The Tenancy Deposit Scheme has commissioned buy to let expert Kate Faulkner to assess issues in the private rental sector - and she says a key priority for agents and landlords should be to tackle damp, condensation and mould.
Kate Faulkner, founder of PropertyChecklists.co.uk and consultancy Designs on Property, says in a report for the TDS Charitable Foundation that agents and landlords should treat the problems with greater urgency.
Her report finds that 41 per cent of renters have experienced mould and 38 per cent have experienced damp.
“Damp and mould is undoubtedly one of the biggest problems in the UK private rental sector, affecting the lives and properties of literally millions of people. But the problem is completely avoidable” she insists.
“By tackling these perennial problems, we can significantly improve the sector, not only in terms of the quality of the tenants’ experience but also the value of properties and landlords’ yields.
“There are a number of steps that the sector as a whole must take to drive out damp, condensation and mould. Many people, including residents, landlords and even agents, do not recognise the first signs of these problems occurring, or understand how to fix them.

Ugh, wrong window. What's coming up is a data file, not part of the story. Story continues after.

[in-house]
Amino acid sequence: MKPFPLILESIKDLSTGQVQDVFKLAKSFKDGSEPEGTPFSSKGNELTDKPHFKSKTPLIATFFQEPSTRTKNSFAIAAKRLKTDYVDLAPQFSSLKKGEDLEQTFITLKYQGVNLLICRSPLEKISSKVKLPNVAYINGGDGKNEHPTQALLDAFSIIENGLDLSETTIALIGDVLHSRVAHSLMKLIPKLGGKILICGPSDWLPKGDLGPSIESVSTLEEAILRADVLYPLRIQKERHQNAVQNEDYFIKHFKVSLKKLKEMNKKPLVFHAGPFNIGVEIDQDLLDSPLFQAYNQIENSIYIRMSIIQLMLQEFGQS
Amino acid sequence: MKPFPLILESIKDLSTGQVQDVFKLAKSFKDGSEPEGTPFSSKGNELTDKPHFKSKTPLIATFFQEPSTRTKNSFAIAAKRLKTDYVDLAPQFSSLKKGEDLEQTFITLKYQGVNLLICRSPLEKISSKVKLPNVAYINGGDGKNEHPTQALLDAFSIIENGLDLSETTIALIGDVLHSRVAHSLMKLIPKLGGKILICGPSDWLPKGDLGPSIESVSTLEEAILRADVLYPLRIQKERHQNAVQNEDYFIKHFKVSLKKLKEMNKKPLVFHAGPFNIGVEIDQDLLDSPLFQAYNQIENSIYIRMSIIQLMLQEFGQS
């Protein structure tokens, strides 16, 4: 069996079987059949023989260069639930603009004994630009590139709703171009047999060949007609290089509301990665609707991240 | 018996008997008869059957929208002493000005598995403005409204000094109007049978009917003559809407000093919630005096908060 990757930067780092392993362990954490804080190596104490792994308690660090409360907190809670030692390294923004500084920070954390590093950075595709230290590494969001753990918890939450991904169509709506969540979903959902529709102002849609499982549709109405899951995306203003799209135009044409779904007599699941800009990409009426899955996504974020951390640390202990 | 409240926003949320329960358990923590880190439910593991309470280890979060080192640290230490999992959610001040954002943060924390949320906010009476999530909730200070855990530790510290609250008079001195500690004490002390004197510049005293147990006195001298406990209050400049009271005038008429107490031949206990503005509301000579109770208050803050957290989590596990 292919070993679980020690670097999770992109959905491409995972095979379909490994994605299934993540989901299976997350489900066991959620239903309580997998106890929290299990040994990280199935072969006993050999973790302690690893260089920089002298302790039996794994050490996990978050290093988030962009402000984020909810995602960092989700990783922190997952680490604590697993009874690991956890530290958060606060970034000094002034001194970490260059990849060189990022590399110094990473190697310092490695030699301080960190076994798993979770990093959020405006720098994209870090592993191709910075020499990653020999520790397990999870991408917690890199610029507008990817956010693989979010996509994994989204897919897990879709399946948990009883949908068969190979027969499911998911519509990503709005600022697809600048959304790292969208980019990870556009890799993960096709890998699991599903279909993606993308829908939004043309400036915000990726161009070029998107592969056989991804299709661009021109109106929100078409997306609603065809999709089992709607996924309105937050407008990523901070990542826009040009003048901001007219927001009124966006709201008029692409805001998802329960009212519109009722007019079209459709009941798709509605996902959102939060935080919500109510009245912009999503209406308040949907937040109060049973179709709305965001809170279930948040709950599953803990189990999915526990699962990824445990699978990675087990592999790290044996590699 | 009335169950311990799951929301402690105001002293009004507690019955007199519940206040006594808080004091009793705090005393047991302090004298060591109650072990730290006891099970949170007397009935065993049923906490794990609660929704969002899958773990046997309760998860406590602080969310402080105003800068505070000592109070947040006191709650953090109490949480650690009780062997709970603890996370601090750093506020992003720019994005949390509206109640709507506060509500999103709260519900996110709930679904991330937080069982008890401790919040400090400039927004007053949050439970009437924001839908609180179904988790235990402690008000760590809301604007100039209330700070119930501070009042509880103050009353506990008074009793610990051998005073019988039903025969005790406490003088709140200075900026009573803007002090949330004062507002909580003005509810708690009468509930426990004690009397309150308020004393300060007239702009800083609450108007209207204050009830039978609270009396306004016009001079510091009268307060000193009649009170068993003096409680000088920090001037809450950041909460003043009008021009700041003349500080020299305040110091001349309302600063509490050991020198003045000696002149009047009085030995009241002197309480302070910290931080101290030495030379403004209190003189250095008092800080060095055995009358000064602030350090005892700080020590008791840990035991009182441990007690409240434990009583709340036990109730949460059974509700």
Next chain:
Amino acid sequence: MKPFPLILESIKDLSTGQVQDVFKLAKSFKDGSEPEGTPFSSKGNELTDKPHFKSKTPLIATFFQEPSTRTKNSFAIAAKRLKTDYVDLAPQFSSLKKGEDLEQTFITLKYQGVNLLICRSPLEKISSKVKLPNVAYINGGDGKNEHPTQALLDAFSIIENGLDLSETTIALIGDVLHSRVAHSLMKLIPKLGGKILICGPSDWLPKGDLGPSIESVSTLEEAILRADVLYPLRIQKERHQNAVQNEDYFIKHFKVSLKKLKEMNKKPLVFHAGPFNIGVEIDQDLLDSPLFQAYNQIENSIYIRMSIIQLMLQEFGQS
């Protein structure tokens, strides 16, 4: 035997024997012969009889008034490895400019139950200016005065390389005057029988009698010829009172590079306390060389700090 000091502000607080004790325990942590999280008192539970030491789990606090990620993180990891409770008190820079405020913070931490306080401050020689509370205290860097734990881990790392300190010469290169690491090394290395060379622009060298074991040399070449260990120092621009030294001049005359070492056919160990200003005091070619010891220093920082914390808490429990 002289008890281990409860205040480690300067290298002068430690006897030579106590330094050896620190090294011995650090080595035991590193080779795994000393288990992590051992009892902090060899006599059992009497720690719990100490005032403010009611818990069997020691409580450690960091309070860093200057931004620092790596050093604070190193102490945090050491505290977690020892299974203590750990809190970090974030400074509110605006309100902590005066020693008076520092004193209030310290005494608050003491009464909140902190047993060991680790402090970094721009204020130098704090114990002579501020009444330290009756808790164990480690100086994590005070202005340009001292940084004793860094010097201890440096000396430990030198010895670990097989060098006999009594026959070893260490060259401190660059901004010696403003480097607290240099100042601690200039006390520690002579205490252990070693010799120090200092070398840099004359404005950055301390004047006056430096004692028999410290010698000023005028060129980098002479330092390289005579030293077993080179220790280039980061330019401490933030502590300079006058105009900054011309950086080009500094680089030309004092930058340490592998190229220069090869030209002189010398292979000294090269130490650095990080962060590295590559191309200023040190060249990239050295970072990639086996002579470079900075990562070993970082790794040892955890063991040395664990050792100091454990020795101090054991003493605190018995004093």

“There is also confusion over whose responsibility it is to treat the problem, so the first step is to educate the PRS on damp, condensation and mould in terms of prevention, identification, and treatment” she says.
Faulkner believes a tenant checklist could be introduced to assess a property before a lease begins, or more comprehensive surveys before buy to let mortgages are granted could help avoid substandard properties with existing water issues entering the market.
“Although damp, mould and condensation can be the basis of disputes between tenants and landlords over who should shoulder the burden of correcting it, it is always in the landlord’s interest to nip it in the bud and fix the problem” she adds.
“Damp and mould can lead to respiratory and health problems for the tenant for whom landlords are legally obliged to provide and maintain a safe and comfortable property. If a tenant identifies a moisture problem in the property, it is their responsibility to report it in writing to the agent or landlord. If they do not respond within 14 days or fail to make repairs, they may be unable to evict the tenant further down the line.
“Not only are there legal obligations on landlords to bear the burden of damp and mould repairs, but if left untreated, the problem will only spread, costing more to fix, reducing the resale value of the property and its potential rental income.”
You can read Faulkner’s full report here.